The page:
Yum yum yum: Sometimes the best journalism is explaining what’s right before one’s eyes. Why are doughnut boxes pink? The answer, David Pierson found, could only come out of Southern California. Los Angeles Times


Another big month: Southern California home prices surged 8.6% in November compared with a year earlier, tying an all-time high that underscores a tight housing market with few properties for sale, according to a report released Wednesday. Los Angeles Times

Nice: Preservation groups have purchased a 17-acre mountain ridge in Laurel Canyon for $1.6 million to set aside the land for permanent preservation. Los Angeles Times

Trend anyone? The increased popularity of the “granny flat” — a relatively small home addition in the backyard — has created a niche industry in Los Angeles. KPCC


Makes sense: California and the U.S. Forest Service broke spending records fighting wildfires that blackened more than 9.5 million acres across the country in 2017, including about 1.2 million acres in California. Los Angeles Times

Another departure: Assemblyman Sebastian Ridley-Thomas abruptly announced his resignation from the California Legislature on Wednesday, citing health reasons. Los Angeles Times

What to watch for: Here are three California housing issues to watch in 2018. Los Angeles Times


Great story: The harsh beauty and banality of the 105-110 Interchange. L.A. Taco


That’s a drag: iPhone owners from several states have filed at least nine class-action lawsuits against Apple Inc. for not disclosing sooner that its software updates deliberately slowed down older-model phones so batteries would last longer. Los Angeles Times

Be wary: California legalizes marijuana for recreational use Monday, but that won’t stop federal agents from seizing the drug — even in tiny amounts — on busy freeways and backcountry highways. Los Angeles Times

That’s new: Authorities say two Southern California people used a drone to deliver illegal drugs to their customers. Los Angeles Times


Survivors: “In the middle of the torched wasteland that was once their Santa Rosa neighborhood — at the bottom of a pool of black, sludgy water — Logan Hertel and his friends spotted a tiny miracle. Within the toxic-looking water flecked with ash and studded with charred chunks of wood, there was movement. A dozen goldfish had somehow survived the raging inferno that devastated entire communities, killed 44 people and destroyed almost 9,000 homes and buildings.” The Mercury News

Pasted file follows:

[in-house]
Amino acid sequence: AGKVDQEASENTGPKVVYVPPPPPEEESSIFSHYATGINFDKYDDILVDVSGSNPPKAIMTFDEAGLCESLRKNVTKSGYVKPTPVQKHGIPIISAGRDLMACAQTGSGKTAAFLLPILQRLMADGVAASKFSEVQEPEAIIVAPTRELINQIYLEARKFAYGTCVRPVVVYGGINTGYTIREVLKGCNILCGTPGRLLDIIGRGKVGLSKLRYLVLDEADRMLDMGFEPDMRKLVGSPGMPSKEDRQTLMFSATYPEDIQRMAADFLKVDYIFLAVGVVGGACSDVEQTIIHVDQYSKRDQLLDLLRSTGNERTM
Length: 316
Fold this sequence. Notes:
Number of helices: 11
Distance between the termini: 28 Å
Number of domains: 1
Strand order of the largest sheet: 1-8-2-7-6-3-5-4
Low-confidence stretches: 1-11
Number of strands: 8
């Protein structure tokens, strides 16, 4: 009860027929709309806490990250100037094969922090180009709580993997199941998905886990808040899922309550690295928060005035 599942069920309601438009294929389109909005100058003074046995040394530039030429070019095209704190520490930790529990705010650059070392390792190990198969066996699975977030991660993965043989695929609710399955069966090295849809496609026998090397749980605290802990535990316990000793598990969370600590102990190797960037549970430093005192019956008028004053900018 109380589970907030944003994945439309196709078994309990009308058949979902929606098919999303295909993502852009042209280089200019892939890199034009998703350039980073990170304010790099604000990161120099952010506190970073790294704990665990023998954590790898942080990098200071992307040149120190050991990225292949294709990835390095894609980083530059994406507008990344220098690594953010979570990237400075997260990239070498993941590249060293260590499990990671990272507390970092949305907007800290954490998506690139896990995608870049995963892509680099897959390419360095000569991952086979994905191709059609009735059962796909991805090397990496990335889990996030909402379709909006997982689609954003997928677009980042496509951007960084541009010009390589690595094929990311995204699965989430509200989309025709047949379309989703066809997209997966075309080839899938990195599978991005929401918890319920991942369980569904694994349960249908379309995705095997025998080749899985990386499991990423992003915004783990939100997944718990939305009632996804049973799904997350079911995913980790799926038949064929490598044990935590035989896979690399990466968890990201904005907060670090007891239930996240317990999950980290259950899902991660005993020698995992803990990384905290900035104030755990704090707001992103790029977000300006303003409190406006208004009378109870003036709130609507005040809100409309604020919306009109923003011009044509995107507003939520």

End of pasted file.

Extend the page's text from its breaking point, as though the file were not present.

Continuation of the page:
Check it out! Here’s why you should see Hugo Crosthwaite's L.A.-inspired mural, before he destroys it bit by bit. Los Angeles Times

Drink it in: The Temecula Valley, determined to shake off its reputation as the state’s second-tier — or possibly even third-tier — wine region, is taking steps to boost its meager profile among California tourists. The burgeoning Southern California wine region is in the midst of an ambitious, multi-pronged plan that includes improving the quality of its wine, doubling the number of wineries and opening or expanding several hotels and resorts. Los Angeles Times

Desert chic: Check out these homes for sale in and around Palm Springs. Wall Street Journal


Los Angeles area: sunny, 79, Thursday; sunny, 78, Friday. San Diego: sunny, 72, Thursday and Friday. San Francisco area: foggy, 59, Thursday; partly cloudy, 60, Friday. Sacramento: partly cloudy, 61, Thursday; partly cloudy, 62, Friday. More weather is here.


Today’s California memory comes from Terry Friedman:

“I was born in Santa Monica in 1945 and moved to Hollywood in ’55. The closest thing to snow that I remember is a bunch of hail in 1957. My mother, however, moved to Hollywood (at age 12) from Rupert, Idaho, in 1929, a month before the Depression hit. She told me several times of the snowstorm of 1932 and of sledding down Highland in front of Hollywood High School. It made quite an impression, even for a recent Idaho girl.”